Your Mother's Maiden Name Is Not A Secret Anne Diebel Analysis

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In Anne Diebel's article "Your Mother's Maiden Name Is Not a Secret" from The New York Times, she argues that websites that contain important or personal information "protected" by security questions are not secure and need to be replaced. This article was written just after several cyber attacks that happened the previous year. Although Diebel uses many logical arguments, including statistics and examples, her argument is not effective as a whole because of weak facts, unclear paragraphs, and older information. Deibel begins her article by pointing out that basic security questions have been overlooked and accepted for too long. Diebel blames attributes the blame to banks when they chose security questions to "improve their security measures for online banking" (2). She says that other websites probably assumed…show more content…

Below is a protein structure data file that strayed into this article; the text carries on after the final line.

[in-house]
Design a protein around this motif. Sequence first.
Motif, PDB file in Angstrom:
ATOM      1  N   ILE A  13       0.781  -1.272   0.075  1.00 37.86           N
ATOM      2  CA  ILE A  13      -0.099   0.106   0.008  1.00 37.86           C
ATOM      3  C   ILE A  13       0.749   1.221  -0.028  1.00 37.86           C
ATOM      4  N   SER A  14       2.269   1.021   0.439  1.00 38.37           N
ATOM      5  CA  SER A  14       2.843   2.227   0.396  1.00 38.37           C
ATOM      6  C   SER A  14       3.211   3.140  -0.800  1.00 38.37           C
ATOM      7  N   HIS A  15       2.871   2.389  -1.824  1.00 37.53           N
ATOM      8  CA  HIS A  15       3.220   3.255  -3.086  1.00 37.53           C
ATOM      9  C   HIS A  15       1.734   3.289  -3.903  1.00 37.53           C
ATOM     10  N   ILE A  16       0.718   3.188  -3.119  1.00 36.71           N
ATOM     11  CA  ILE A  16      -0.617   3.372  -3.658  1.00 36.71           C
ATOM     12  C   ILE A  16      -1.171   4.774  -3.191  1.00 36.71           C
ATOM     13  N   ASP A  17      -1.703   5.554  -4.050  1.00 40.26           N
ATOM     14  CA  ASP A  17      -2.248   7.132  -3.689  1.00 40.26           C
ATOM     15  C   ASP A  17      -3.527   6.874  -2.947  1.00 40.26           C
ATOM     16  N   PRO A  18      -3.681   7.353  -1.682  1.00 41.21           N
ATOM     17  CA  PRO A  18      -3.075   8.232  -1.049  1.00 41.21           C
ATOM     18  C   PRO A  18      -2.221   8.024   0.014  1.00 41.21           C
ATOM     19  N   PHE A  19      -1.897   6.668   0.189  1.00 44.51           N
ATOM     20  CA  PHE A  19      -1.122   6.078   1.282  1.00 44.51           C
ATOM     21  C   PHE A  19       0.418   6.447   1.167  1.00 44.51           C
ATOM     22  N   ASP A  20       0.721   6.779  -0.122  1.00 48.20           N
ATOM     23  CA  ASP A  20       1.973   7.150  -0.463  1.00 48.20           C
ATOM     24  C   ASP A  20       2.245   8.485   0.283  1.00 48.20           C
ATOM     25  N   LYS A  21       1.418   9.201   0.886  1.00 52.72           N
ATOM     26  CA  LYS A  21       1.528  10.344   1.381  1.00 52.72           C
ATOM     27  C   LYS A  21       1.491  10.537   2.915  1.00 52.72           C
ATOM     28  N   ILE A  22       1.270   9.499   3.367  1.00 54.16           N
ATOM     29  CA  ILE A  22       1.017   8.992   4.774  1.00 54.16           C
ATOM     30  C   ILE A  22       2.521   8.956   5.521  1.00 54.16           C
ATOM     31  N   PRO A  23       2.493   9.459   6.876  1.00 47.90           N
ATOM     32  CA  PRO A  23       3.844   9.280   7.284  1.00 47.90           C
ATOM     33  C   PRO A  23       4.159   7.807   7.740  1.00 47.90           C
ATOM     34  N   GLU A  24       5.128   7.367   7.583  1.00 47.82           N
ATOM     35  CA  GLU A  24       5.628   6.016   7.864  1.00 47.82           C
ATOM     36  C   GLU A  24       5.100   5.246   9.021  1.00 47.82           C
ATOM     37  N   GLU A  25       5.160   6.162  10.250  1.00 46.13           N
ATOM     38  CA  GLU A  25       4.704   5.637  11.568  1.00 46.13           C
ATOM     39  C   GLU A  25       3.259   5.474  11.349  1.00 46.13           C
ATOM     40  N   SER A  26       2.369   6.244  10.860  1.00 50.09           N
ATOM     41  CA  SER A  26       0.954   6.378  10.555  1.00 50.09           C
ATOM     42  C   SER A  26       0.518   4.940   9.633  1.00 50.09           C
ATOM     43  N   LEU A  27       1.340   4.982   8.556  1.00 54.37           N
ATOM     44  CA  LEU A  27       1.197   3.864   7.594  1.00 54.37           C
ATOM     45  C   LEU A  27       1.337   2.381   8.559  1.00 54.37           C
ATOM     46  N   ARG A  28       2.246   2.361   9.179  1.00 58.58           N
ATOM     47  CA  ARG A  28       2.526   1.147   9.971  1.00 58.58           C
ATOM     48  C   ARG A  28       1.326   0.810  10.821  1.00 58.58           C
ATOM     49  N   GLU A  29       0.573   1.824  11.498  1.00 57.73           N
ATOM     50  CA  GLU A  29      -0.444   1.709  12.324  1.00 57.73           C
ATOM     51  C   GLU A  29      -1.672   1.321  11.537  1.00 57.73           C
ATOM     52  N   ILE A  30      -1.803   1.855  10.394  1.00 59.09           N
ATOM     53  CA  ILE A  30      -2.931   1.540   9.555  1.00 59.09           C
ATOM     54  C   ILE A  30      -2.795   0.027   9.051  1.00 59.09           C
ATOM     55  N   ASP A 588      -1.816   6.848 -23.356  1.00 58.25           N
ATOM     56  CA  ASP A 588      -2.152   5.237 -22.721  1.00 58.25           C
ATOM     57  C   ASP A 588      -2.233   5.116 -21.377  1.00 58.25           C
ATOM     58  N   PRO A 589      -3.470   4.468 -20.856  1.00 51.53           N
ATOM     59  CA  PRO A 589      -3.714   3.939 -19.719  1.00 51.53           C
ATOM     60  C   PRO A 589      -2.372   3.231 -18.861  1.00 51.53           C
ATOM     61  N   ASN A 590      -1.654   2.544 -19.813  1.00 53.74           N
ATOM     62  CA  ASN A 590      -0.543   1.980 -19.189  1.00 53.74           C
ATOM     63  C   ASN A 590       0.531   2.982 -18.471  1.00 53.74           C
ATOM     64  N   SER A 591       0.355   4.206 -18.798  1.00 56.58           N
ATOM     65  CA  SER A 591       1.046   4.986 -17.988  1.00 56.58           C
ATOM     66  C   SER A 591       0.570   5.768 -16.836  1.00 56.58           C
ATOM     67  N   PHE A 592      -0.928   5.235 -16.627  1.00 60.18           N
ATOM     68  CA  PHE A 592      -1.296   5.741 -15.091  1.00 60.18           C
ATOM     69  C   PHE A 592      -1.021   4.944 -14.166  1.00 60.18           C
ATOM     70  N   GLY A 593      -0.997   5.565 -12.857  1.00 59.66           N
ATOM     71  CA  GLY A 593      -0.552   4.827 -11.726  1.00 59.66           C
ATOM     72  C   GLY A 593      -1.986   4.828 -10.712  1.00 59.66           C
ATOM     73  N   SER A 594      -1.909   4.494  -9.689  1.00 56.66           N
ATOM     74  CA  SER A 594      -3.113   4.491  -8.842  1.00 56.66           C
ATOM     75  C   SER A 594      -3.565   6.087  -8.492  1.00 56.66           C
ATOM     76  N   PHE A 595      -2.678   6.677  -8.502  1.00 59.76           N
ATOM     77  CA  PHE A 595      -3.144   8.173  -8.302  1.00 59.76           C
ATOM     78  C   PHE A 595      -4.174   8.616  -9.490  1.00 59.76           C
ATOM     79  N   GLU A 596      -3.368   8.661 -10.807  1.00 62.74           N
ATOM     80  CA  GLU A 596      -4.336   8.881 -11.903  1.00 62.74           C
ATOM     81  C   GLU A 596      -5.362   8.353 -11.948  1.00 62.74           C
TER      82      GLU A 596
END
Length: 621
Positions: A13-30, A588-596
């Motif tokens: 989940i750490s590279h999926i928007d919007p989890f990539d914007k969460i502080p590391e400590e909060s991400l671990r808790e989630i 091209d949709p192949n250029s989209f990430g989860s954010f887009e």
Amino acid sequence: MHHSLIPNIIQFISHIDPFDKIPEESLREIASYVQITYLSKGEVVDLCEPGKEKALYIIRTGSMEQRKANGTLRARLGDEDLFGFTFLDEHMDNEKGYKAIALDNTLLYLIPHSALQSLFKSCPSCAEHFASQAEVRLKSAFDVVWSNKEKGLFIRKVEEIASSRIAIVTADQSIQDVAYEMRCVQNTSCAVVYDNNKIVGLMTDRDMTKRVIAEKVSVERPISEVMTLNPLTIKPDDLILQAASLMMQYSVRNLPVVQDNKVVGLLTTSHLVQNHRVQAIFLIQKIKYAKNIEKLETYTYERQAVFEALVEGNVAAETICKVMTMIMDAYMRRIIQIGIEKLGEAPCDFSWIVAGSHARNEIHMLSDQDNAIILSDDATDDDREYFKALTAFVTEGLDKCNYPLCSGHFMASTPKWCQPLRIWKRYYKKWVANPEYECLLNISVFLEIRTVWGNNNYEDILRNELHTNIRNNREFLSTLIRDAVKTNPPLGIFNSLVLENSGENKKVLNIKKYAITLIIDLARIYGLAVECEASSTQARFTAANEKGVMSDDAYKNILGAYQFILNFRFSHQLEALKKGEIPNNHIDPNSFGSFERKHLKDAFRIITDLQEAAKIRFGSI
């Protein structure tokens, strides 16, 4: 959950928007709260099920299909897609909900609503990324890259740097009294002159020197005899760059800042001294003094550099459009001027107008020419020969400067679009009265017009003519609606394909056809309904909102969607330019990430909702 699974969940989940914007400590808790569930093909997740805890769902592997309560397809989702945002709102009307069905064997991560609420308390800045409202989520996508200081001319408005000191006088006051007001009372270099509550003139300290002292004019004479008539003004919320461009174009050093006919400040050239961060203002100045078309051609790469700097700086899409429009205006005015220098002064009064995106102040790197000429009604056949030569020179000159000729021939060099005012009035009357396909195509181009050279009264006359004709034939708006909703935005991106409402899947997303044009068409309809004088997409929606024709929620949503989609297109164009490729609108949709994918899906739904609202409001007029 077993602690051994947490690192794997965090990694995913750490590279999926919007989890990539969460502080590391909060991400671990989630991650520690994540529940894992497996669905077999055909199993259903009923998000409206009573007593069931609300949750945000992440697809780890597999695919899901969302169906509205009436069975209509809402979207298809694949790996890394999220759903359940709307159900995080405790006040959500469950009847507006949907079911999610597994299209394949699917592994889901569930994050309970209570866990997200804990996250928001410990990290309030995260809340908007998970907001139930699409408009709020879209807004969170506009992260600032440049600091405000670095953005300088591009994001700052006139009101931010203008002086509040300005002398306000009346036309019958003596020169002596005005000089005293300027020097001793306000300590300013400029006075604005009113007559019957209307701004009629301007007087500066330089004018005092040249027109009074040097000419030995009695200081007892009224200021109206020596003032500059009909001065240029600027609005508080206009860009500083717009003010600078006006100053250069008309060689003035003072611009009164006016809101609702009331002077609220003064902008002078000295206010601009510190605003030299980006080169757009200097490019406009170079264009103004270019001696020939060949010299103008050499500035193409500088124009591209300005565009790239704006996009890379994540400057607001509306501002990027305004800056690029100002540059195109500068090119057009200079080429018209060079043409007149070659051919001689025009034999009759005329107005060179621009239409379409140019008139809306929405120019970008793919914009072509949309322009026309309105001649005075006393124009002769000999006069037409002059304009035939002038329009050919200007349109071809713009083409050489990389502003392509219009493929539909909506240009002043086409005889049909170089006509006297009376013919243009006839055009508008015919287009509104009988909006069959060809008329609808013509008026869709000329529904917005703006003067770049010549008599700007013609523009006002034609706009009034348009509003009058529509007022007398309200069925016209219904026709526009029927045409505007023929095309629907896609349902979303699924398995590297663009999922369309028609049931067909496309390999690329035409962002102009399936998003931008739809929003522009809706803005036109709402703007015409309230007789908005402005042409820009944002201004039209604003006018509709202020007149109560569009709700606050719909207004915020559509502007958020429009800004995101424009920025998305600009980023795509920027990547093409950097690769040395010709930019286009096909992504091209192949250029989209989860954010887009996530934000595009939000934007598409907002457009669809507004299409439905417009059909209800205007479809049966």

She does not just say something and then leave it undefended. For example, when she was discussing the incidents that have happened as a result of security questions, she does a good job of giving examples of both famous people and celebrities that have been targeted and normal, average people's accounts. This helps the reader realize that security questions are an issue, and they should be fixed. Having facts and examples to back her arguments helped get her point across. This argument could also be seen as effective because of the author's credibility. Anne Diebel is a senior investigator a private investigations firm. This lets the reader know that she has the authority, credibility, and knowledge to write about the subject. While this argument is ineffective, Diebel does a fairly good job of getting her point across because it is not an issue that is typically thought about. She makes the reader realize that weak security questions are an issue and that they should be fixed or removed from websites

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